The 5600X flexes its single-threaded muscles in the Cinebench benchmark, and while it's not as impressive as the 5800X, we also see significant uplift from overclocking. Meanwhile, the Intel chips can't keep pace and trail by large margins, even after overclocking. Things change with the multi-core Cinebench test, which finds the 5600X outstripping the 10600K, but trailing Intel's 10700K and the Ryzen 7 5800X by appreciable margins. That isn't entirely surprising given those chips' core count advantages. 

Intel's 10600K takes the lead in the single-threaded POV-Ray test, but the remainder of these tests favor the Ryzen 5 5600X, with Blender and v-ray being particular areas of strength.

We recently integrated the Intel Open Image Denoise Benchmark into our suite. This ray-tracing test uses Intel's oneAPI rendering toolkit, so it provides an interesting take on performance. Here we can see that the 5600X beats the stock Core i5-10600K at stock settings in this admittedly Intel-favorable test. Overclocking grants the 10600K a slim lead. 

Encoding Benchmarks on Ryzen 5 5600X

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Ryzen 5 5600X Encoding Performance

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Ryzen 5 5600X Encoding Performance

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Ryzen 5 5600X Encoding Performance

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Ryzen 5 5600X Encoding Performance

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Ryzen 5 5600X Encoding Performance

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Ryzen 5 5600X Encoding Performance

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Ryzen 5 5600X Encoding Performance

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Our encoding tests include benchmarks that respond best to single-threaded performance, like the quintessential examples LAME and FLAC, but the SVT-AV1 and SVT-HEVC tests represent a newer class of threaded encoders. Regardless of the type of encoder, though, AMD's Zen 3 chips impress. The Ryzen 5 5600X is no exception – it easily beats its nearest Intel competitor, the 10600K, across the board. The 5600X's performance in HandBrake, in both AVX-light x264 and AVX-heavy x265 flavors, is incredibly impressive as it trades blows with the more expensive 10700K. 

It's quite shocking to see AMD's reversal of fortunes in benchmarks like LAME and FLAC; a glance at the previous-gen Ryzen processors at the bottom of the chart shows the company's rapid improvements over the last few years.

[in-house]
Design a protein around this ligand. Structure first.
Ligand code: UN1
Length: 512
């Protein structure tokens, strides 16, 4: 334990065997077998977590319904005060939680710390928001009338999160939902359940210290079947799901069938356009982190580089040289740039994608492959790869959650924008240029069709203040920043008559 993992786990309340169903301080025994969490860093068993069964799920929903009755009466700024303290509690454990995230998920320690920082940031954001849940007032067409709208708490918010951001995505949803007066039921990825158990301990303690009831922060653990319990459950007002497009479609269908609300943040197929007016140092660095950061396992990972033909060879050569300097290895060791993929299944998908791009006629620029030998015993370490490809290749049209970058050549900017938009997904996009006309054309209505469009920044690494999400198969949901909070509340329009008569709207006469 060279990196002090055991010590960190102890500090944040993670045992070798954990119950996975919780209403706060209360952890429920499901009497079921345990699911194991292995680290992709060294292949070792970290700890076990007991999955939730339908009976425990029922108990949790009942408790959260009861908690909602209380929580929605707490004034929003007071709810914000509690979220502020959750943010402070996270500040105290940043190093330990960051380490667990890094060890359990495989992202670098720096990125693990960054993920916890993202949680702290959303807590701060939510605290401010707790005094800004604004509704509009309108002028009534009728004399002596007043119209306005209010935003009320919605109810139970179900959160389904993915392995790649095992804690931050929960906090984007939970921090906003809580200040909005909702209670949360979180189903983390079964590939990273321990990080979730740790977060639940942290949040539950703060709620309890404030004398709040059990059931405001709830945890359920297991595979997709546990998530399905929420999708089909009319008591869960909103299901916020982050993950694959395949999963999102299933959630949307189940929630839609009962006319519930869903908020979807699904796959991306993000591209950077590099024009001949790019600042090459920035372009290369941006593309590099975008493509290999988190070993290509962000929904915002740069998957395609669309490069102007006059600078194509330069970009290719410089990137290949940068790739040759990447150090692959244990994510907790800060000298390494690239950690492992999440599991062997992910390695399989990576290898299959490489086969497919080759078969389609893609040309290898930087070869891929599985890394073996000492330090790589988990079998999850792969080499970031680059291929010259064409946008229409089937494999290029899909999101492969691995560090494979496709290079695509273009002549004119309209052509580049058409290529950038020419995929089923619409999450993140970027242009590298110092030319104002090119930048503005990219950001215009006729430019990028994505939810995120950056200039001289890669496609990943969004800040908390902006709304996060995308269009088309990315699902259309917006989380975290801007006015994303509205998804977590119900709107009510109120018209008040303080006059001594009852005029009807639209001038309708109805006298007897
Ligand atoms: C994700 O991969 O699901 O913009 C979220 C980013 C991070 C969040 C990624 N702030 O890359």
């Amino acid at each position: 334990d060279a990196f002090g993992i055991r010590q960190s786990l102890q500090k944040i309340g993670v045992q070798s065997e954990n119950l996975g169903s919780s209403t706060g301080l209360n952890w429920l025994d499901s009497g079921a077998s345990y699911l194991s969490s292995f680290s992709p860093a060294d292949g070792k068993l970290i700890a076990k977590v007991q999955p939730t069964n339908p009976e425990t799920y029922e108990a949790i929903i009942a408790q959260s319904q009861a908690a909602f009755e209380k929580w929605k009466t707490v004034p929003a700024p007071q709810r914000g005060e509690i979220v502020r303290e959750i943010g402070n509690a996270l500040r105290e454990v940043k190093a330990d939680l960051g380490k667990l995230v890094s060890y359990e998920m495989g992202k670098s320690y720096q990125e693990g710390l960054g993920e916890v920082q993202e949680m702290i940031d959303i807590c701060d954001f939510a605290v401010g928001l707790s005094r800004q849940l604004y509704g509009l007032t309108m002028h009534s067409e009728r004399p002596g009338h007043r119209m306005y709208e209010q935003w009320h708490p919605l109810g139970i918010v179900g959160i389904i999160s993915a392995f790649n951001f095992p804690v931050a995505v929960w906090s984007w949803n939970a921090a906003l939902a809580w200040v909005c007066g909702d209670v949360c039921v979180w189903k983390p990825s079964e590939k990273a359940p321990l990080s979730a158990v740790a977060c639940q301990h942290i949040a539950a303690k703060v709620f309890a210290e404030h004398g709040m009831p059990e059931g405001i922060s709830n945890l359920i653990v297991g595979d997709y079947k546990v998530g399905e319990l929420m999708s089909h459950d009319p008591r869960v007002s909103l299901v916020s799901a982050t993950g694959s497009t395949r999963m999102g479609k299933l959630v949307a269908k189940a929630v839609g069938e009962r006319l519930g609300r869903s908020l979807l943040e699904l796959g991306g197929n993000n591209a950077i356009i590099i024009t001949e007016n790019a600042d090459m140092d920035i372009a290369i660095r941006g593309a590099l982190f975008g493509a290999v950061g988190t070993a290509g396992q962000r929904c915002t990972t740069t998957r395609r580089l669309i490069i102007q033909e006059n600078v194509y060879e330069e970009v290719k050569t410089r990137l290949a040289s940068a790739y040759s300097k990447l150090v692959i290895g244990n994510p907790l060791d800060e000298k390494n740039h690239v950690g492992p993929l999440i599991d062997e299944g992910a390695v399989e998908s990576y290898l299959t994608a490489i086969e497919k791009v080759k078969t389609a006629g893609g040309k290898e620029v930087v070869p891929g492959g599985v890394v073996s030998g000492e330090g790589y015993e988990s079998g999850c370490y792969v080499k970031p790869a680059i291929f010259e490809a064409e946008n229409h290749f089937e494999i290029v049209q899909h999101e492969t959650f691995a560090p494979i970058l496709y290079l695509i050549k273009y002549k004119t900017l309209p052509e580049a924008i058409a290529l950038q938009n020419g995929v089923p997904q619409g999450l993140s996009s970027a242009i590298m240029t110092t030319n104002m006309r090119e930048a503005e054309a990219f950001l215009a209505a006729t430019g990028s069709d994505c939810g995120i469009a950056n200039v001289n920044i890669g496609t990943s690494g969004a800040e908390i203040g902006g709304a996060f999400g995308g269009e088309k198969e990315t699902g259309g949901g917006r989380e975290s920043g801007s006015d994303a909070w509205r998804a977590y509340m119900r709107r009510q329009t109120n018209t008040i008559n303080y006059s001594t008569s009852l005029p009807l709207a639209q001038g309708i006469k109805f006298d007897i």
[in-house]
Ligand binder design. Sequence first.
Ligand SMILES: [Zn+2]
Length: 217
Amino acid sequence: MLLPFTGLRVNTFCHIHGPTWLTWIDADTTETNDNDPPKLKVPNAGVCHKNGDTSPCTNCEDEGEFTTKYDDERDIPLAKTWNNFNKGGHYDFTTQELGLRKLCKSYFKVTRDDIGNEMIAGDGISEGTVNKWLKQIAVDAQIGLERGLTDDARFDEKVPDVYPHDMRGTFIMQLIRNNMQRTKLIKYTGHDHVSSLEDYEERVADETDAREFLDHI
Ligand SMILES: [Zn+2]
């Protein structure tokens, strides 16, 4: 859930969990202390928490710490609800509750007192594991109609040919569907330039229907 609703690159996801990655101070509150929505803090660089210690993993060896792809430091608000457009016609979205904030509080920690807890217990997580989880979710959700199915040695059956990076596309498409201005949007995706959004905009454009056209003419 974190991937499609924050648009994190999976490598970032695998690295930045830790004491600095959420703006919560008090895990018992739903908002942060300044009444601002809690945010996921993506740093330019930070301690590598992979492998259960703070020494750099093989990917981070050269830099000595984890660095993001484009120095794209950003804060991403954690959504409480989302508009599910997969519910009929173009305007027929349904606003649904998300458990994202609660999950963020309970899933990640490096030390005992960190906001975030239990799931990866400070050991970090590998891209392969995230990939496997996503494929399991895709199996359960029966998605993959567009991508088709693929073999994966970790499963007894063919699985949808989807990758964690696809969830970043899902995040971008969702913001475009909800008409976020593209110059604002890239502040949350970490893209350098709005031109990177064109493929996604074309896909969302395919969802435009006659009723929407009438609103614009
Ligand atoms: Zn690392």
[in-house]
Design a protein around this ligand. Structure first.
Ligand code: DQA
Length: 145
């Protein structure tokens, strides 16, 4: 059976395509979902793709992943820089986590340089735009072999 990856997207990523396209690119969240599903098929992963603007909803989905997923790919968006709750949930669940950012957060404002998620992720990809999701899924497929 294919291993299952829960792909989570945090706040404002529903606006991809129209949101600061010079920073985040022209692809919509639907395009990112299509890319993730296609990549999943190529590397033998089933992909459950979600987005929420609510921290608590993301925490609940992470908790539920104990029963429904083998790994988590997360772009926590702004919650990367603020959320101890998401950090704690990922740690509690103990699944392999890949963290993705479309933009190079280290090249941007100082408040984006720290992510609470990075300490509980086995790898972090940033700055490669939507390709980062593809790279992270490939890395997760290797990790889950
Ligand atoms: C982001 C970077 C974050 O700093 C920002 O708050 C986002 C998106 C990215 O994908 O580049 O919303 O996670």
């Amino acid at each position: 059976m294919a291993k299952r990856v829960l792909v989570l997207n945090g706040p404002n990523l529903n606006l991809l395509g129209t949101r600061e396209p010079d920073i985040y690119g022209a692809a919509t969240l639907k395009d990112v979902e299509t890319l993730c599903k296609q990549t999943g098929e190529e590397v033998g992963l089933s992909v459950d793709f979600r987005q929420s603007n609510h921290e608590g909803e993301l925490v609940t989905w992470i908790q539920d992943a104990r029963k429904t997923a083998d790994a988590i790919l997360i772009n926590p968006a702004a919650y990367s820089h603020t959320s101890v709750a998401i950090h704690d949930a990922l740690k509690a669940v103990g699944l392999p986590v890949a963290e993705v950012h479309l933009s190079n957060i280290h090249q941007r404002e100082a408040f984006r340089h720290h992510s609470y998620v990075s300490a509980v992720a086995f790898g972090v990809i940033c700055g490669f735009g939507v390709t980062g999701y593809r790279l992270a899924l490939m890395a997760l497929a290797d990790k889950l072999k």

Web Browsing on Ryzen 5 5600X

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Ryzen 5 5600X Web Browser Benchmarks

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Ryzen 5 5600X Web Browser Benchmarks

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Ryzen 5 5600X Web Browser Benchmarks

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Ryzen 5 5600X Web Browser Benchmarks

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Ryzen 5 5600X Web Browser Benchmarks

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We test all of these benchmarks in a version-locked Chrome browser, with the notable exception of the Edge test. Intel has really taken quite the performance haircut in web browsers over the last two years, largely due to mitigations for its nagging security concerns. 

Regardless, these benchmarks are almost exclusively lightly-threaded, so Intel has long held the top of the charts despite the mitigations. This series of benchmarks makes a powerful statement about Zen 3's improved single-threaded performance, though. From the AI-heavy ARES-6 to WebXPRT3's Javascript tests, and even extending to Jetstream 2, the Ryzen 5 5600X beats every overclocked Intel chip - but at stock settings. 

Edge stands out as the lone exception - this browser leverages threading more effectively, so more cores generally equates to more performance. Intel's heavily-overclocked 10700K nudges past the stock 5600X, but that's not a meaningful victory -  the overclocked Ryzen 5 5600X leads by a comparatively large margin. 

Office and Productivity on Ryzen 5 5600X

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Ryzen 5 5600X Office and Productivity